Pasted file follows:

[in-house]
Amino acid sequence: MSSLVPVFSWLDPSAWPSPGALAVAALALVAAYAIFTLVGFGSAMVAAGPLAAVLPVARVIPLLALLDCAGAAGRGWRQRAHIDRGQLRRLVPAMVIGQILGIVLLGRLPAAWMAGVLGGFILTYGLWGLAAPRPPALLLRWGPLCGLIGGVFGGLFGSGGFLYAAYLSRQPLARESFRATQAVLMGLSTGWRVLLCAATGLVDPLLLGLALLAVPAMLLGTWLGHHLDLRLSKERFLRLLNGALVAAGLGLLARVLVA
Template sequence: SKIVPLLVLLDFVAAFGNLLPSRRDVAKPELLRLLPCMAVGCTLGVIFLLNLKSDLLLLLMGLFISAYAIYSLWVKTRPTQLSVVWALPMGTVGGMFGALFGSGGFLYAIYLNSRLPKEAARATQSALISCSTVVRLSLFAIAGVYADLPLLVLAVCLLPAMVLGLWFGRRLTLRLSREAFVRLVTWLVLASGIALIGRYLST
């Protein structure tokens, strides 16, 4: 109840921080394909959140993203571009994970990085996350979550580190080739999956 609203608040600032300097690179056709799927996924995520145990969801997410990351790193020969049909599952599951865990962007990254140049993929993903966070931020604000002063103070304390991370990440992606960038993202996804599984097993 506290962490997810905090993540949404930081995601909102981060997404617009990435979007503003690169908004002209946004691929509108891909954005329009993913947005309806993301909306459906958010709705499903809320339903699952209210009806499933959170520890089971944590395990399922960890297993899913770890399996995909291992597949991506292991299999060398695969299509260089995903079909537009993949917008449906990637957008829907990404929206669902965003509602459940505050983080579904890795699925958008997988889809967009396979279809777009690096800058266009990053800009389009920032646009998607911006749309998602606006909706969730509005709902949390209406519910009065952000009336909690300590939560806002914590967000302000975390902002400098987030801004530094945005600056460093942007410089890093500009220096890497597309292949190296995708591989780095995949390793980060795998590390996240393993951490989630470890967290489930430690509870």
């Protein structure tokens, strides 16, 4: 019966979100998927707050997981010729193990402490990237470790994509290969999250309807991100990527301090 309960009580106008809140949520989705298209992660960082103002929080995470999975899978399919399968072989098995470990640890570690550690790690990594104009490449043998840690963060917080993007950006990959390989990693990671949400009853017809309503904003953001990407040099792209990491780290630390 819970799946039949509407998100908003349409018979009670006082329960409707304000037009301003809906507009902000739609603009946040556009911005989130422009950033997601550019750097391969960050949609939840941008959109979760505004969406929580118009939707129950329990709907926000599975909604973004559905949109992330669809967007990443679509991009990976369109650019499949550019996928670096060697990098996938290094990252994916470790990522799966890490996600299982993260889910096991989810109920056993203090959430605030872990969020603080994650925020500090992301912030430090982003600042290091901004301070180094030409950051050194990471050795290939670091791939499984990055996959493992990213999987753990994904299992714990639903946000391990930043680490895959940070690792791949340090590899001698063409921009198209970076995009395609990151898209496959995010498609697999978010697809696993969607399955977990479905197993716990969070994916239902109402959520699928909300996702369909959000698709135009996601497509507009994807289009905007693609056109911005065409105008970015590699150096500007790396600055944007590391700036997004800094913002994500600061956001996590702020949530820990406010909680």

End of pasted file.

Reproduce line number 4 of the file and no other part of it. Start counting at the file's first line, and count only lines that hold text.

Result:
């Protein structure tokens, strides 16, 4: 109840921080394909959140993203571009994970990085996350979550580190080739999956 609203608040600032300097690179056709799927996924995520145990969801997410990351790193020969049909599952599951865990962007990254140049993929993903966070931020604000002063103070304390991370990440992606960038993202996804599984097993 506290962490997810905090993540949404930081995601909102981060997404617009990435979007503003690169908004002209946004691929509108891909954005329009993913947005309806993301909306459906958010709705499903809320339903699952209210009806499933959170520890089971944590395990399922960890297993899913770890399996995909291992597949991506292991299999060398695969299509260089995903079909537009993949917008449906990637957008829907990404929206669902965003509602459940505050983080579904890795699925958008997988889809967009396979279809777009690096800058266009990053800009389009920032646009998607911006749309998602606006909706969730509005709902949390209406519910009065952000009336909690300590939560806002914590967000302000975390902002400098987030801004530094945005600056460093942007410089890093500009220096890497597309292949190296995708591989780095995949390793980060795998590390996240393993951490989630470890967290489930430690509870």